Global research findings have consistently revealed that no other activity guarantees individuals the opportunities for social and economic mobility like education. The importance of education as the most important vehicle for transformation of individuals and societies cannot be overemphasised.
It is against this backdrop that Stakeholders at the 3rd Lagos Education Summit have issued a call for speedy deployment of global best practices in all aspects of education to ensure sustained competition.
Obiageli Ezekwesili, former minister of education, in her keynote address at the two-day event recently disclosed that the importance of education as the most important vehicle for transformation of individuals and societies has universal acceptance.
Ezekwesili opines that no other activity guarantees individuals the opportunities for social and economic mobility like education adding that the necessity for education in natural resource rich countries like Nigeria has never been more topical.
According to her, “The history of the development of education in Nigeria shows that it has moved from being seen as a mostly social process that builds responsible and informed citizens to being seen as a process that also primarily prepares them for the world of work to contribute to the national economy.”
The former minister, in tracing the challenges that have over the year stalled the potential growth of Nigeria’s education system revealed among other things the weak quality assurance mechanisms despite a plethora of inspection services at all levels of the system; inappropriate teacher training and development at both pre‐service and in‐service levels that will lead to effective system of staff deployment and the failure of secondary and tertiary education to prepare students for the world of work and consequently leads to a failure to contribute to national regeneration.
“It has become clearer through research that for education to help rapidly in promoting economic well-being of larger number of citizens of any country, there must be a deliberate focus on the role of educational quality and relevance,” she said.
Ezekwesili, in proffering the way forward in achieving best practice in Nigeria’s educational system, maintains that to make the content education ever more relevant to the needs of the market, partnership between government and the private sector in developing the programmes of skills-based education is key as this will yield impressive results as it has done in several countries.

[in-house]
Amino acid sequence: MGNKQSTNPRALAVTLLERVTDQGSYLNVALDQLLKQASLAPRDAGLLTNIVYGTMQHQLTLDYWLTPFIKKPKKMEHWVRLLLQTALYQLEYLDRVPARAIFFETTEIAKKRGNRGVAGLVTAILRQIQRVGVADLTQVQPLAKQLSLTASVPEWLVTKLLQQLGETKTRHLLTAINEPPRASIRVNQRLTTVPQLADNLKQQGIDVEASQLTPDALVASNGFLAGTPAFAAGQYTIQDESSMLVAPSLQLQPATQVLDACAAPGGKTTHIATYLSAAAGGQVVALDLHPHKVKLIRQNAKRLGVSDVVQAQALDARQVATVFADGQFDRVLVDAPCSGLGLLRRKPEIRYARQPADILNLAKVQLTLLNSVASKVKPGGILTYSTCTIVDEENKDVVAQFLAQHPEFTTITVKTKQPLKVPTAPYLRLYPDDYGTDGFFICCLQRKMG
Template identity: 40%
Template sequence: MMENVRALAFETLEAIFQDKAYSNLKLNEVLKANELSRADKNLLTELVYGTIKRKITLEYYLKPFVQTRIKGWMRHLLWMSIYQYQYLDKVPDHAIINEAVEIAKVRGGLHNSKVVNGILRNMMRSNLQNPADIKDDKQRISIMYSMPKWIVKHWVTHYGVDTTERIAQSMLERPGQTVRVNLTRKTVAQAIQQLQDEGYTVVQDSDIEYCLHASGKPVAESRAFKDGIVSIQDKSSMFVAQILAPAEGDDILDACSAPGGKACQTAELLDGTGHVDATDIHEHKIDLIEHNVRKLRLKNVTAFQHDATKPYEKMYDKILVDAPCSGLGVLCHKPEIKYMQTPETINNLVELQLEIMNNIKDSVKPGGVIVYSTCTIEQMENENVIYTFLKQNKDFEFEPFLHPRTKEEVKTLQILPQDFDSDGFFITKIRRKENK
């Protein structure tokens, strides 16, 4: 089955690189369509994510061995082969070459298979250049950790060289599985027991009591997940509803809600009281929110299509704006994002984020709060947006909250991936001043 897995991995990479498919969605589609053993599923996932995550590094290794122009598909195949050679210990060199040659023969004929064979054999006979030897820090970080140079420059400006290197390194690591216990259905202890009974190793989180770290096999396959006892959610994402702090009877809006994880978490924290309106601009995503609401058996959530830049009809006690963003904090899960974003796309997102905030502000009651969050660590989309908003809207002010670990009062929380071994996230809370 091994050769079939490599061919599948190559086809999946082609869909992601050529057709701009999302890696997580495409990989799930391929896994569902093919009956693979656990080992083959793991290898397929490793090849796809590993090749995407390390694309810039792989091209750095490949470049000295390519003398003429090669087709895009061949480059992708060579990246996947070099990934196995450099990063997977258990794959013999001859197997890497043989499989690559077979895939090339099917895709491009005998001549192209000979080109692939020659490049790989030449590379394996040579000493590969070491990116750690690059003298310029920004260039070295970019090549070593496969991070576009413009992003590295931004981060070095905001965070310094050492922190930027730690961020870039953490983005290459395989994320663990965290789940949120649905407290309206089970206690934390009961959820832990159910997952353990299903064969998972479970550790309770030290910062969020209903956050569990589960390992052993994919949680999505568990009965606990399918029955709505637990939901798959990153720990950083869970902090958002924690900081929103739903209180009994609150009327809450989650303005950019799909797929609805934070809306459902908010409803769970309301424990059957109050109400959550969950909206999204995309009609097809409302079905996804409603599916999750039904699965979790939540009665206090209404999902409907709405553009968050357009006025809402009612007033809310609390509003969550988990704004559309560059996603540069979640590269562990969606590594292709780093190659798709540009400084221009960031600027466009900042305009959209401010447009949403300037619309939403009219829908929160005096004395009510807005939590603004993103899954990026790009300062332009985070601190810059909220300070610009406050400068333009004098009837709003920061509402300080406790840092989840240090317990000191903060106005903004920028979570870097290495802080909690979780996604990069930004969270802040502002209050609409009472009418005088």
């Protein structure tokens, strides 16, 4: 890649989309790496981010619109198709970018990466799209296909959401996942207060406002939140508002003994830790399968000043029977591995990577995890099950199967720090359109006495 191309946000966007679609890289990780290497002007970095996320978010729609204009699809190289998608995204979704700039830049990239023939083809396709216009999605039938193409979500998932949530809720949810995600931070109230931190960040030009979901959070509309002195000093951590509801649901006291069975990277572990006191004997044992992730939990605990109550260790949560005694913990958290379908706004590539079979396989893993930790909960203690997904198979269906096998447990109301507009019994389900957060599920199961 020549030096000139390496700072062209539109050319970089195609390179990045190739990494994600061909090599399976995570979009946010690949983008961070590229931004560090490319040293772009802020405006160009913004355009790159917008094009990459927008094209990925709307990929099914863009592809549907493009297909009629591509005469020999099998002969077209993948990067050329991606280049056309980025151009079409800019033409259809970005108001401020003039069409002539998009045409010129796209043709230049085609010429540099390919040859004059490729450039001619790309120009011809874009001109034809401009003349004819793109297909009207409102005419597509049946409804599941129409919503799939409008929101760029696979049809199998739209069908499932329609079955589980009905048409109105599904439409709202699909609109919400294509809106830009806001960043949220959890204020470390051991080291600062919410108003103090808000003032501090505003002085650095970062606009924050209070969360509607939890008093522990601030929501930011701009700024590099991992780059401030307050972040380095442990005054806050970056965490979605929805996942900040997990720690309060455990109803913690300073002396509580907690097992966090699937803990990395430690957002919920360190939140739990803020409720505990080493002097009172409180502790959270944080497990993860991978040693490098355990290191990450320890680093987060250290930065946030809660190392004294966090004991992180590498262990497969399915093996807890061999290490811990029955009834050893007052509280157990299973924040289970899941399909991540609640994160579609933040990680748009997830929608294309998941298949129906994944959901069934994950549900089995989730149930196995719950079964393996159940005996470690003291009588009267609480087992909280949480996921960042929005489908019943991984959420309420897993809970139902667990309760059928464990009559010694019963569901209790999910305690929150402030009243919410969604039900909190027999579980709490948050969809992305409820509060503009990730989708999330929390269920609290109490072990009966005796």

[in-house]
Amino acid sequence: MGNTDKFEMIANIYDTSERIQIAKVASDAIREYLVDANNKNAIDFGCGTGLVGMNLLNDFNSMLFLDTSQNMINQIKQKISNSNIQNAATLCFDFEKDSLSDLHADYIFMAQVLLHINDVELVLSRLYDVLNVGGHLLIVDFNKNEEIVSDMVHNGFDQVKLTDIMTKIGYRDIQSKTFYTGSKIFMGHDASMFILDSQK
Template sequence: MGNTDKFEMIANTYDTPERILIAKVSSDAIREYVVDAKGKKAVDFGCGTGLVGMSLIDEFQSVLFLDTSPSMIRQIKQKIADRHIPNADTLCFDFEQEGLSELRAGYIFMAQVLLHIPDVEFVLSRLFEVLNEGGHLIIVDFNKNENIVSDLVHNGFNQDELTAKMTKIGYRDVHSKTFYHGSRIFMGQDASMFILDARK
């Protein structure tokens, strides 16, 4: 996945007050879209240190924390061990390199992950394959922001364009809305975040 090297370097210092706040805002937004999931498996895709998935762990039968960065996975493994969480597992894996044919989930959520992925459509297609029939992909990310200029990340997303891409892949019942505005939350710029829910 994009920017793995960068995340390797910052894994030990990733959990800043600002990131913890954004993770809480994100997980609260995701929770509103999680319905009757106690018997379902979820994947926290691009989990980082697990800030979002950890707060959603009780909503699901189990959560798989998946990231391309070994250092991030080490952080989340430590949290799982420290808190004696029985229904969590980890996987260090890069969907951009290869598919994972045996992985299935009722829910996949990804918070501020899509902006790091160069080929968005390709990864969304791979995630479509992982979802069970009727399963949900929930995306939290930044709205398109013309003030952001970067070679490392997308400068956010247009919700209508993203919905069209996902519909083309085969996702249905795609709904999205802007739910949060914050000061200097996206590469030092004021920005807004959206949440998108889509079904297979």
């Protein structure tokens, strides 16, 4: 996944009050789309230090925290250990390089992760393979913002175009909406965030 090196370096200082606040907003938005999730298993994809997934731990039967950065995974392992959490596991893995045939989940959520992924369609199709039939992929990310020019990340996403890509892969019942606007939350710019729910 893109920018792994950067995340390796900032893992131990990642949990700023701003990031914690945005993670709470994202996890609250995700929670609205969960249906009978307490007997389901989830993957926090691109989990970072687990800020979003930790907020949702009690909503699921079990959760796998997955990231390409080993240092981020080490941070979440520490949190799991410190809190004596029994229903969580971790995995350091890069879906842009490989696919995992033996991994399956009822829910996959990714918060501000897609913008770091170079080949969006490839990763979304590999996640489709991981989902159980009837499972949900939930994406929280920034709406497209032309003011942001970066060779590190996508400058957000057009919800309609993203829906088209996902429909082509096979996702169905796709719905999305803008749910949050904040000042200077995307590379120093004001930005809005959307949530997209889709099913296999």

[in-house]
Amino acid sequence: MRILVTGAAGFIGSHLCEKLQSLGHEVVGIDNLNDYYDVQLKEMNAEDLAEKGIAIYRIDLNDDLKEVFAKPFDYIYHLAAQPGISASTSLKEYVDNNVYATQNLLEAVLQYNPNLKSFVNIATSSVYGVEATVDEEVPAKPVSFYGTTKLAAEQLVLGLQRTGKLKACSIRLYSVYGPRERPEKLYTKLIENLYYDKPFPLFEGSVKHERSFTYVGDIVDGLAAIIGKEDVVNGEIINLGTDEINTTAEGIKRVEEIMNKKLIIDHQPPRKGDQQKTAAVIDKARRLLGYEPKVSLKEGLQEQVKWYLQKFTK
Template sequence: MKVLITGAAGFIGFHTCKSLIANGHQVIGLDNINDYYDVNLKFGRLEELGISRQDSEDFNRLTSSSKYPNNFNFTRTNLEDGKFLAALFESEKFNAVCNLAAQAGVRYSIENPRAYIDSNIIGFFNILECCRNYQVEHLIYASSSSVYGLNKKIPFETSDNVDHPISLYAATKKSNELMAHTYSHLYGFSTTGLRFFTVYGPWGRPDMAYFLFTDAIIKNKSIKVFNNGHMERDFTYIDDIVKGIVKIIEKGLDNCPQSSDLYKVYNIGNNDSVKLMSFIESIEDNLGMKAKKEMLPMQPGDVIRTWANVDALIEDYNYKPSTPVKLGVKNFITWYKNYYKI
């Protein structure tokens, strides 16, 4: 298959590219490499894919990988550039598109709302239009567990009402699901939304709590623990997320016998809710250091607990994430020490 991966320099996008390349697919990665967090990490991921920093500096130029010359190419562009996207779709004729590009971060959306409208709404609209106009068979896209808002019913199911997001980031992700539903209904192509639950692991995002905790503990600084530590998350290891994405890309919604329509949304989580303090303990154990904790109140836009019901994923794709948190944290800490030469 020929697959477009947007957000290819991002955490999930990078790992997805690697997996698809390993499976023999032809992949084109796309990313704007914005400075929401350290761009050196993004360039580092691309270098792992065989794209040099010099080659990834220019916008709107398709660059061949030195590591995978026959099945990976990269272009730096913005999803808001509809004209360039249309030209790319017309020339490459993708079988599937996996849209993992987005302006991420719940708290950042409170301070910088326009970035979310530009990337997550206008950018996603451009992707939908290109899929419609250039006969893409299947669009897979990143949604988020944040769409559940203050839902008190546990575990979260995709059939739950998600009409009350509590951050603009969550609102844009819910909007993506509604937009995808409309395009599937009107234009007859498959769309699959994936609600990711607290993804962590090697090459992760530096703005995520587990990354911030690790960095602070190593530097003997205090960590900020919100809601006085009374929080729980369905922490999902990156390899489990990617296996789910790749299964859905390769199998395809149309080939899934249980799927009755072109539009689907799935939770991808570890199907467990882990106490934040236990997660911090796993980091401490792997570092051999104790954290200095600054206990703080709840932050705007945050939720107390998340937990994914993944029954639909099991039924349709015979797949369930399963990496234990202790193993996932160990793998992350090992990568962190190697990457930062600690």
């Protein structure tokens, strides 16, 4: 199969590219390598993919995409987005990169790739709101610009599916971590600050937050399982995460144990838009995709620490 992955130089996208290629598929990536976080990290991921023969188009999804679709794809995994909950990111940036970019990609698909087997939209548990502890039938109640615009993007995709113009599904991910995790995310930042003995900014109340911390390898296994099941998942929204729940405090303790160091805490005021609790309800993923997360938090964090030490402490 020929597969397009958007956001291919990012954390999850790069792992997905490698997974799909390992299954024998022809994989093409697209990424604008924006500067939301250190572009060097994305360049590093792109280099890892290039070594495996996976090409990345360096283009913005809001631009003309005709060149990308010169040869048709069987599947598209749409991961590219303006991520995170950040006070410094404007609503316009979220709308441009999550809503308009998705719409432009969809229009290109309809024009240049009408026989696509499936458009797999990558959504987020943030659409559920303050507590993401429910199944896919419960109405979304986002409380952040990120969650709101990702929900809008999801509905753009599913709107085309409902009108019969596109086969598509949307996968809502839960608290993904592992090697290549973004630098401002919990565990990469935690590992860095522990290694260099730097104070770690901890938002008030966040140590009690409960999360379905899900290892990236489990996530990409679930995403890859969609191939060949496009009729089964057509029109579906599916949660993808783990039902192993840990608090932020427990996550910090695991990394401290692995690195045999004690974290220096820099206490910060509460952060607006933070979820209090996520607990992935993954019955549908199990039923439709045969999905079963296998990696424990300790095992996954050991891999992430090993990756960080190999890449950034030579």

At the end of the education summit the communiqué released recommended among other things that the state should set goals for making teachers accountable for the progress of each of the learners under their care; the Ministry of Education through its appropriate agencies must design students’ assessments to generate useful sectioning data to address issues relating to poor performance; decentralisation of authority and funding to empower school heads and teachers to take prompt decisions on school matters.
Other recommendations are that to ensure student-centeredness, schools should avail students with opportunities to drive innovativeness and creativity for the benefit of their schools and their future engagements; to enhance standards, an independent agency should be established to monitor compliance with curriculum implementation and assessment.
In the same vein, it urged the deepening of a maintenance culture in the school system by developing a manual on guidelines for both staff and students; provision of well equipped security personnel and perimeter fencing for the protection of lives and properties in schools.